Understanding Selection Sort: A Simple Explanation using C#

When it comes to sorting algorithms, one of the fundamental methods you might encounter is Selection Sort. It’s straightforward yet effective for small datasets. Let’s dive into how it works and why it’s useful.

How Selection Sort Works

Selection Sort operates by dividing the input array into two parts: the sorted part at the beginning and the unsorted part at the end. It repeatedly finds the smallest (or largest, depending on the order desired) element from the unsorted part and swaps it with the leftmost unsorted element. This process continues until the entire array is sorted.

Step-by-Step Breakdown

Let’s take a closer look at the Selection Sort algorithm implemented in C#:

public static void SelectionSort(int[] array)
    for (int i = 0; i < array.Length - 1; i++)
        // Assume the element at index i is the smallest.
        int minIndex = i;

        // Find the index of the smallest element among the remaining elements.
        for (int j = i + 1; j < array.Length; j++)
            if (array[j] < array[minIndex])
                minIndex = j;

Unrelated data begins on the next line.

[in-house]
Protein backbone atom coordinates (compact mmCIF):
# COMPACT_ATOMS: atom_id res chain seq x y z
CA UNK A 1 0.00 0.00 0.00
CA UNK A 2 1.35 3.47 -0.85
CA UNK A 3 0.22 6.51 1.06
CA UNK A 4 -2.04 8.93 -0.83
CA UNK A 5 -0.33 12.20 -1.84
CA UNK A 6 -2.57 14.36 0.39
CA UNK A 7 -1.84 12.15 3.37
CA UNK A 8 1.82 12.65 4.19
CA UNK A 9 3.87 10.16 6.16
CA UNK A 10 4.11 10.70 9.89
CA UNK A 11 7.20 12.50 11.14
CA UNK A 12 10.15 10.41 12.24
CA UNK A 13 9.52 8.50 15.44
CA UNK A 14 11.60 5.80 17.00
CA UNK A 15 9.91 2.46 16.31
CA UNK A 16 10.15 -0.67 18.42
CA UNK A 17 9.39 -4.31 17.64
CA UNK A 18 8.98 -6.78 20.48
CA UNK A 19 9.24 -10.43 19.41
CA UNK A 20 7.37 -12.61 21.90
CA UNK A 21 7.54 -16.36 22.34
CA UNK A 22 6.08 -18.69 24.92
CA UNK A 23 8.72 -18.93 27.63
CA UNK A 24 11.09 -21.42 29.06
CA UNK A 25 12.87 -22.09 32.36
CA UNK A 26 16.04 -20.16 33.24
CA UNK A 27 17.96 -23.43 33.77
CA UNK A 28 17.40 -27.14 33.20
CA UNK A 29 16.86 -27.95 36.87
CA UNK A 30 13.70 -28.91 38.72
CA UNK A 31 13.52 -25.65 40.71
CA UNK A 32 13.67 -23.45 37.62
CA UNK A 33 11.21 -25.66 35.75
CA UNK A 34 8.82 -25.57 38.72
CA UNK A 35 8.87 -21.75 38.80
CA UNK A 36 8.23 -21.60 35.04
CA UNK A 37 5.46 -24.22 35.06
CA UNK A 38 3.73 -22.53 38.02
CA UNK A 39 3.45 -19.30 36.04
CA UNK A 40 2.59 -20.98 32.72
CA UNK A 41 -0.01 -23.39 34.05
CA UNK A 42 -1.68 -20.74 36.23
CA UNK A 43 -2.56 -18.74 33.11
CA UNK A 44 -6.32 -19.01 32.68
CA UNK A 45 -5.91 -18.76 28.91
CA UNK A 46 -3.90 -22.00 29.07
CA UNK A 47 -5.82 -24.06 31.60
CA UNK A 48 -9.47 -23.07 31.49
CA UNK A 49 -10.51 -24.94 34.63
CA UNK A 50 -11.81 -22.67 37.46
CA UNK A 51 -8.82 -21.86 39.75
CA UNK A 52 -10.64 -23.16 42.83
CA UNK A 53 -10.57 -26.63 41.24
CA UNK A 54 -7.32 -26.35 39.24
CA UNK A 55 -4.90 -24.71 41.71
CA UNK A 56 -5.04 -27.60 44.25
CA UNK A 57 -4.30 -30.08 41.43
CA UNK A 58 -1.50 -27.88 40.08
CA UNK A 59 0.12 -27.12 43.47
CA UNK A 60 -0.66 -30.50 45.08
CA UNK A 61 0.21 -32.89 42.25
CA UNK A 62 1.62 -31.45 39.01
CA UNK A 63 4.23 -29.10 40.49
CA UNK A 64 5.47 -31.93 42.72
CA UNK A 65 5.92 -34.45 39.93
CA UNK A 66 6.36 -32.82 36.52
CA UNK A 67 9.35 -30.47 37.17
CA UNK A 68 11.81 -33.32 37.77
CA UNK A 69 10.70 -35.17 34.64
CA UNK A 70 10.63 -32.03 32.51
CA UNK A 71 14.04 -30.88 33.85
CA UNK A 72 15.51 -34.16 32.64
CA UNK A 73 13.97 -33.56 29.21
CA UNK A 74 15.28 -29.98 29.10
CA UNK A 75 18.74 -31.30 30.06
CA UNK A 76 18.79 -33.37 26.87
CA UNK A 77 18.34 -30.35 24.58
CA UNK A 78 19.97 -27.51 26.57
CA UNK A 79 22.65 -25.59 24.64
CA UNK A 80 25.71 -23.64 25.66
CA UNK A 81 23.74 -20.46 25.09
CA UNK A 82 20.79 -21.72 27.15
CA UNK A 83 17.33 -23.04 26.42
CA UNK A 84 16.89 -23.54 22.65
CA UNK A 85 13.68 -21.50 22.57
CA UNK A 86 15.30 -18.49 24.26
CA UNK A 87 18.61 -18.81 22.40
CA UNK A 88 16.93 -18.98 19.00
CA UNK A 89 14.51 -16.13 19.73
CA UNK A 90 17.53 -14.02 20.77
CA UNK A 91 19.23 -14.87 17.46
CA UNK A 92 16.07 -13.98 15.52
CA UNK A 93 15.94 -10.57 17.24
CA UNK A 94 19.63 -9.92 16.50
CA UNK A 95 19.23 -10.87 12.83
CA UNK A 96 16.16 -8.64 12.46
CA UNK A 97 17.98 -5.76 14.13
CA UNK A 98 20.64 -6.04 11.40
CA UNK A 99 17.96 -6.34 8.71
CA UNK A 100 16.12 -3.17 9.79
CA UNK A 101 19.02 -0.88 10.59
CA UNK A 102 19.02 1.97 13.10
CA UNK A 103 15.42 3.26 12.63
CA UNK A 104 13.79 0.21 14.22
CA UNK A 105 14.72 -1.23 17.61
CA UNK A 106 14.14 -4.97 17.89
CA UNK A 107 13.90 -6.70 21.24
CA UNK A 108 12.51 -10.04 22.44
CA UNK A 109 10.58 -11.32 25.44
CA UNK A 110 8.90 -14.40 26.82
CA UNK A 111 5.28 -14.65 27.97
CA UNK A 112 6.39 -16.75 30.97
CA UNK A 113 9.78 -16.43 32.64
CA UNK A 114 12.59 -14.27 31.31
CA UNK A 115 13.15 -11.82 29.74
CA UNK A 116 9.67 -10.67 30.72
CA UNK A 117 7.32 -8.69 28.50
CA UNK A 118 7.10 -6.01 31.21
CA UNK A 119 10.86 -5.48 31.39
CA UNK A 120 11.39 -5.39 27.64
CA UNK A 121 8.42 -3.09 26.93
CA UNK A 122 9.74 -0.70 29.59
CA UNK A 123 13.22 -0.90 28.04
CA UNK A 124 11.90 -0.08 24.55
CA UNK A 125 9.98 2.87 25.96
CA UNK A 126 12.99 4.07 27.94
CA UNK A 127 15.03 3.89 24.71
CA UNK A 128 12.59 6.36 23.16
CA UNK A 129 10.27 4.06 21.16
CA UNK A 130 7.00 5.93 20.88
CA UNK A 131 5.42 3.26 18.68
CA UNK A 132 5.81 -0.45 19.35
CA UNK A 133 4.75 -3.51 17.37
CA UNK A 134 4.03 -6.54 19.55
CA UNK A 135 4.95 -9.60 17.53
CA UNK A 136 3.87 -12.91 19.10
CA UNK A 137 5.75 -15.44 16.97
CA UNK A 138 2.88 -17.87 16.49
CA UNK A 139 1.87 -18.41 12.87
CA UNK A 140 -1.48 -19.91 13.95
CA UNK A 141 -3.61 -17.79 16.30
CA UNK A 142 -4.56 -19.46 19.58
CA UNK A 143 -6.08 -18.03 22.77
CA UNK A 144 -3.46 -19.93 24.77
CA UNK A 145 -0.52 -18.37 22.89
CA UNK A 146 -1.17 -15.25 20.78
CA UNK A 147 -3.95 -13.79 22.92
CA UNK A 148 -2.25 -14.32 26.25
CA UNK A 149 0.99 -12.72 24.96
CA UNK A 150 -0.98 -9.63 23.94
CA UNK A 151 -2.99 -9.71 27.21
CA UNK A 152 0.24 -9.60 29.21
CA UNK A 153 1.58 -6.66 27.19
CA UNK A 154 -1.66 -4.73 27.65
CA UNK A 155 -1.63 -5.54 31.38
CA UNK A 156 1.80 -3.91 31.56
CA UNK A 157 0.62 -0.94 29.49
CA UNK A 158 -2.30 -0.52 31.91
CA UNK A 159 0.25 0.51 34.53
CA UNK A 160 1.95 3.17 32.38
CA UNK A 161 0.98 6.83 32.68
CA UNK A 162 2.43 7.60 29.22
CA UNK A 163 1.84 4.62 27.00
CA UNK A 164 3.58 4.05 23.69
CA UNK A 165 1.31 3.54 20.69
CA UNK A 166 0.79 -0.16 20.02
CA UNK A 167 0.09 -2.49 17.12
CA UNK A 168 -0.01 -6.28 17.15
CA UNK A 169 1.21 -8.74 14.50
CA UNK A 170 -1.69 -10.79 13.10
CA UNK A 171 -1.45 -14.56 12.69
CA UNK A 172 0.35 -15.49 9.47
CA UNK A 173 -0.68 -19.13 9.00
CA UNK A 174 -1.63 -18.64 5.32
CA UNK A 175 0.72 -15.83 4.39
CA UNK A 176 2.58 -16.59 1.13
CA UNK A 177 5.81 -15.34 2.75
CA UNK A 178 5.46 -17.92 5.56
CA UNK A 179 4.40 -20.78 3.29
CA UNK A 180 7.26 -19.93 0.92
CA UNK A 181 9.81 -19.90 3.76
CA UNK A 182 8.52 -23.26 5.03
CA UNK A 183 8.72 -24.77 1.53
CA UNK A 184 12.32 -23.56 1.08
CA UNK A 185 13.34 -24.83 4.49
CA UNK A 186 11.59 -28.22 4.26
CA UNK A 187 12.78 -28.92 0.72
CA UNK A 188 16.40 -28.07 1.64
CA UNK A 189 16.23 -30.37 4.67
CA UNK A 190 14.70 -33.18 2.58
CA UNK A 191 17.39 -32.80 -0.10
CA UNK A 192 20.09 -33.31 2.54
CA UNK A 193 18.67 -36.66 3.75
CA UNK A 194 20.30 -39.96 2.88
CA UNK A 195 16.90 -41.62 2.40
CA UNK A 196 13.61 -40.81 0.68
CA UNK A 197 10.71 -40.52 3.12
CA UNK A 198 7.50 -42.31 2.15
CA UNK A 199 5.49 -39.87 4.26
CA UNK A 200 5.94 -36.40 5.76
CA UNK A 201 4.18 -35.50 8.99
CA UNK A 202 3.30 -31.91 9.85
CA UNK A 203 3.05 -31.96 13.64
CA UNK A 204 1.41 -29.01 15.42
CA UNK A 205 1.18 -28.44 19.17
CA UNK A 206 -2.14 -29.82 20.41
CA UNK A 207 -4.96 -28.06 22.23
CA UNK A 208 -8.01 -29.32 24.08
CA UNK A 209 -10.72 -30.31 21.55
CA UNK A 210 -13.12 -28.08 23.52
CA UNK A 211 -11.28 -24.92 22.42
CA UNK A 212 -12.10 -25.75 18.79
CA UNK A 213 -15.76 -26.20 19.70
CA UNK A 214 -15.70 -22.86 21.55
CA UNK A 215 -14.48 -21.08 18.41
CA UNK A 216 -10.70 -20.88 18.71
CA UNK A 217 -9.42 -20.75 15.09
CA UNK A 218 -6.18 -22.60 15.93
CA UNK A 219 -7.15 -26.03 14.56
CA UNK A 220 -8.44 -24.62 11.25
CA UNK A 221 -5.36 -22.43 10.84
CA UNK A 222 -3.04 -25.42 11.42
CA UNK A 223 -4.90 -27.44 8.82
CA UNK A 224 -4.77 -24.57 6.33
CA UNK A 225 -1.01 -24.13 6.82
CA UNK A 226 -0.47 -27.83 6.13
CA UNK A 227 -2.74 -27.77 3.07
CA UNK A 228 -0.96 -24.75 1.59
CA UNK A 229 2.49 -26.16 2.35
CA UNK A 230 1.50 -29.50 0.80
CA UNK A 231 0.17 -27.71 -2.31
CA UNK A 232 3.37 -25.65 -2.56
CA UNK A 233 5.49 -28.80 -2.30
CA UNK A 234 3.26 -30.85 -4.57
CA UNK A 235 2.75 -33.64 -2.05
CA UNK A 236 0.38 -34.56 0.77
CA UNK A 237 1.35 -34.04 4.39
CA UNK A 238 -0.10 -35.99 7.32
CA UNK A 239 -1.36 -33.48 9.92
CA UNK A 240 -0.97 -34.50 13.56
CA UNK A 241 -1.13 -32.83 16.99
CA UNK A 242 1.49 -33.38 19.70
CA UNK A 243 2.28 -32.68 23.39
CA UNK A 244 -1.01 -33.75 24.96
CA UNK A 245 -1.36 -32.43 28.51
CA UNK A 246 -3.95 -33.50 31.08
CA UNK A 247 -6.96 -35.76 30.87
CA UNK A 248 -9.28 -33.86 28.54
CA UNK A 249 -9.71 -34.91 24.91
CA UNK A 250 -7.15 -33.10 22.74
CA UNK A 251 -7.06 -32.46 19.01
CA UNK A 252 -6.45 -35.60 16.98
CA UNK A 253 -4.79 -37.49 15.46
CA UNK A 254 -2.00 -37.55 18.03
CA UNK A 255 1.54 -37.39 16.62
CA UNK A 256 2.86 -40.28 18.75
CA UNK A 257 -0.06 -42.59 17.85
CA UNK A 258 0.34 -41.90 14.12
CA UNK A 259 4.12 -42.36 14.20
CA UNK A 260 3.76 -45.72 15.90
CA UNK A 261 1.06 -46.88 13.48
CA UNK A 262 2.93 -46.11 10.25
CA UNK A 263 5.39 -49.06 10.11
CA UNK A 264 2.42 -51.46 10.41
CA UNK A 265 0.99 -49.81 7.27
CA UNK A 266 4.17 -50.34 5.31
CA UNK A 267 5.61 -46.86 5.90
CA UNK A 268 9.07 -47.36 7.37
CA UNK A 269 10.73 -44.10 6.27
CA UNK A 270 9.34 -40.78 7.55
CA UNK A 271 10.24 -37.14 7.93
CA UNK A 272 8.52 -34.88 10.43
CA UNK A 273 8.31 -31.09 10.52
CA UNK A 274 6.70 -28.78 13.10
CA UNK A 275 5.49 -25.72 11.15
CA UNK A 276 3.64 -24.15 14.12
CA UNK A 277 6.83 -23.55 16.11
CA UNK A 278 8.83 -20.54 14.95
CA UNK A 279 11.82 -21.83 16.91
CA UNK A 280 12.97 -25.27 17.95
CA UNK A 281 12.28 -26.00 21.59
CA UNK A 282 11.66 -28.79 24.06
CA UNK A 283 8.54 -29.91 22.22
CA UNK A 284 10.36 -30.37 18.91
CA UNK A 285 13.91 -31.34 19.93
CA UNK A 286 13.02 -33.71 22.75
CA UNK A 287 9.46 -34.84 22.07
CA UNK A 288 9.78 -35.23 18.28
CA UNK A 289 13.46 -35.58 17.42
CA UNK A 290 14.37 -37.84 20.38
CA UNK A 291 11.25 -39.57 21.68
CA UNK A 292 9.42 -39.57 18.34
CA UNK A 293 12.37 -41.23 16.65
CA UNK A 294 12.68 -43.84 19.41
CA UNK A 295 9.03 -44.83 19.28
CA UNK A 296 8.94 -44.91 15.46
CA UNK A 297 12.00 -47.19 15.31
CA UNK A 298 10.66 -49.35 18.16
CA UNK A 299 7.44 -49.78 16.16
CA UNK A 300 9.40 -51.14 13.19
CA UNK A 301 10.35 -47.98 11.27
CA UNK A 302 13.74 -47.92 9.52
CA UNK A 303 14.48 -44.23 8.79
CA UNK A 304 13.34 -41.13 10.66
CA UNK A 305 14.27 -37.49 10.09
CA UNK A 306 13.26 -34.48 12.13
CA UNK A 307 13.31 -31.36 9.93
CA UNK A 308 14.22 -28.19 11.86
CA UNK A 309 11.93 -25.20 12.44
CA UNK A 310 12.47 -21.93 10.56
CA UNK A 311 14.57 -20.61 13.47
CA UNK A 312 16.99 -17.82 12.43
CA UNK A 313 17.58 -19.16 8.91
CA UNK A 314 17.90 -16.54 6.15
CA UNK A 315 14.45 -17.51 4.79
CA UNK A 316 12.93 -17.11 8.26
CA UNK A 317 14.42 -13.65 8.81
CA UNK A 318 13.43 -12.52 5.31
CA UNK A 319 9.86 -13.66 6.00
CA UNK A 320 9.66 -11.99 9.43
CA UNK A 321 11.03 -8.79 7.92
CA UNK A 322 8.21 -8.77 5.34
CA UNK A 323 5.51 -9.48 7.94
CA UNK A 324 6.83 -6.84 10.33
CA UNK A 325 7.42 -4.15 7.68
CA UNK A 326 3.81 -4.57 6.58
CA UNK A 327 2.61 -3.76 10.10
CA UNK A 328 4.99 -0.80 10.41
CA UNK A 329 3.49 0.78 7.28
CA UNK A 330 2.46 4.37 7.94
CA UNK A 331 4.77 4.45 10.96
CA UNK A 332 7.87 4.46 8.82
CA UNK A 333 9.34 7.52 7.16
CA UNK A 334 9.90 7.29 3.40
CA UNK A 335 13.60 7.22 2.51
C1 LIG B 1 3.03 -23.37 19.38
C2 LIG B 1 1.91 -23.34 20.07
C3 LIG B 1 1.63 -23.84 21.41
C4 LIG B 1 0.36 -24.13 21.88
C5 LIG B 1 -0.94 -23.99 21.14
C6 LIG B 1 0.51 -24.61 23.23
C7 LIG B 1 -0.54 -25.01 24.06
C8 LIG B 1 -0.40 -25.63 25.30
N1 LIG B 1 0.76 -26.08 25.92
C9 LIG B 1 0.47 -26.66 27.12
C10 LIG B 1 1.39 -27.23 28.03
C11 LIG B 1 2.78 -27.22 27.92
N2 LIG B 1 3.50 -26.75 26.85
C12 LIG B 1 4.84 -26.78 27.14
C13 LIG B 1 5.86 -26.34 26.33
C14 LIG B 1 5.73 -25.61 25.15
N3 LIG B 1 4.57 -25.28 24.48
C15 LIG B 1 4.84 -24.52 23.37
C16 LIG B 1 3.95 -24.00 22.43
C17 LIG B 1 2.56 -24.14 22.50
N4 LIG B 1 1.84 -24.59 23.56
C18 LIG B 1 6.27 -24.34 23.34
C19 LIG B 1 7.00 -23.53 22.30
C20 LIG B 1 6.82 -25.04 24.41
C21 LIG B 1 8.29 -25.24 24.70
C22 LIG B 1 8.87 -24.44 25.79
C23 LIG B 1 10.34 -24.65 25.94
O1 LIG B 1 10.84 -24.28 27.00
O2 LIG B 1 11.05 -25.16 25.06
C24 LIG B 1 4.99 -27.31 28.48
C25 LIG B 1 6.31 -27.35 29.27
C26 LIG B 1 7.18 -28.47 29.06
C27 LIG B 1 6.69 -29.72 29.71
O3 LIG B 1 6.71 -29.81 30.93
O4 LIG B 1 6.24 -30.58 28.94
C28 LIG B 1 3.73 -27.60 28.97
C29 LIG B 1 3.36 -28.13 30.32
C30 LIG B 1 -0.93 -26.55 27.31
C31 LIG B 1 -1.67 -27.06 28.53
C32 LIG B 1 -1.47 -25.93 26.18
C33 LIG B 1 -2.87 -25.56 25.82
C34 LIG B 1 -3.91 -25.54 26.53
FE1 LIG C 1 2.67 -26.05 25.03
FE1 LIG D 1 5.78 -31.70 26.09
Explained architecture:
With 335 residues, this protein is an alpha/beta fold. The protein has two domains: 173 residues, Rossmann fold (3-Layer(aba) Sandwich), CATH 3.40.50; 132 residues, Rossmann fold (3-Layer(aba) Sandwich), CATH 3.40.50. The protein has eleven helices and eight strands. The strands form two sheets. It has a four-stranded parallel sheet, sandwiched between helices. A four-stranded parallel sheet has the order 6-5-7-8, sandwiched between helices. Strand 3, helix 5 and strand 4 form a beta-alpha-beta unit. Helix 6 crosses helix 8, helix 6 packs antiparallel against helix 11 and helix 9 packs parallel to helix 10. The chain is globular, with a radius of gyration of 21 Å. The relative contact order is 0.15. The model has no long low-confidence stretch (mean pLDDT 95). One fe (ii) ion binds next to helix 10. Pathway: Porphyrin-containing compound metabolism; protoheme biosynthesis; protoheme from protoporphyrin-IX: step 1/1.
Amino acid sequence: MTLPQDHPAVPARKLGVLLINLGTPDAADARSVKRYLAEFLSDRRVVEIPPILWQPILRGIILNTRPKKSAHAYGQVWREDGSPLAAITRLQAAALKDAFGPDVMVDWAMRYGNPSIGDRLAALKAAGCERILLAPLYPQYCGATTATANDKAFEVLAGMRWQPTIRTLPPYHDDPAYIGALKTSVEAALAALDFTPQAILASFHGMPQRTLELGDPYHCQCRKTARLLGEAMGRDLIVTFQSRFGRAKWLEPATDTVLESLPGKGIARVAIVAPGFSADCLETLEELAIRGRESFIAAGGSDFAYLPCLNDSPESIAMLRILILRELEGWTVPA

// Swap the smallest element with the current element at index i, if necessary.
        if (minIndex != i)
            (array[minIndex], array[i]) = (array[i], array[minIndex]);
  • Initialization: Start with assuming the first element as the smallest (minIndex = i).
  • Finding the Minimum: Iterate through the unsorted part of the array to find the index (minIndex) of the smallest element. 
  • Swapping: If the found minimum element's index (minIndex) is not the same as i, swap the elements at these indices. 
  • Repeat: Continue this process for each element in the array until the entire array is sorted.

Example Application

Let’s apply Selection Sort to an example array and see how it sorts:

int[] array = { 18, 2, 3, 4, 5, 6, 7, 8, 9, 10, 11, 12, 13, 14, 15, 16, 17 };
// Output
// Initial array: 18 2 3 4 5 6 7 8 9 10 11 12 13 14 15 16 17

// After sorting:
// Sorted array: 2 3 4 5 6 7 8 9 10 11 12 13 14 15 16 17 18

Benefits and Drawbacks

  • Simple Implementation: Selection Sort is easy to understand and implement.
  • Space Efficiency: It requires only a constant amount of additional memory space.
  • Performance: While efficient for small datasets, its time complexity of O(n^2) makes it less suitable for large arrays compared to more advanced algorithms like Quick Sort or Merge Sort.


Selection Sort is a valuable starting point for learning about sorting algorithms due to its simplicity and direct approach. While not suitable for large datasets due to its quadratic time complexity, it remains a good option for educational purposes and situations where simplicity is prioritized over performance.

In conclusion, understanding how Selection Sort works provides a foundational knowledge of sorting algorithms, essential for any programmer's toolkit.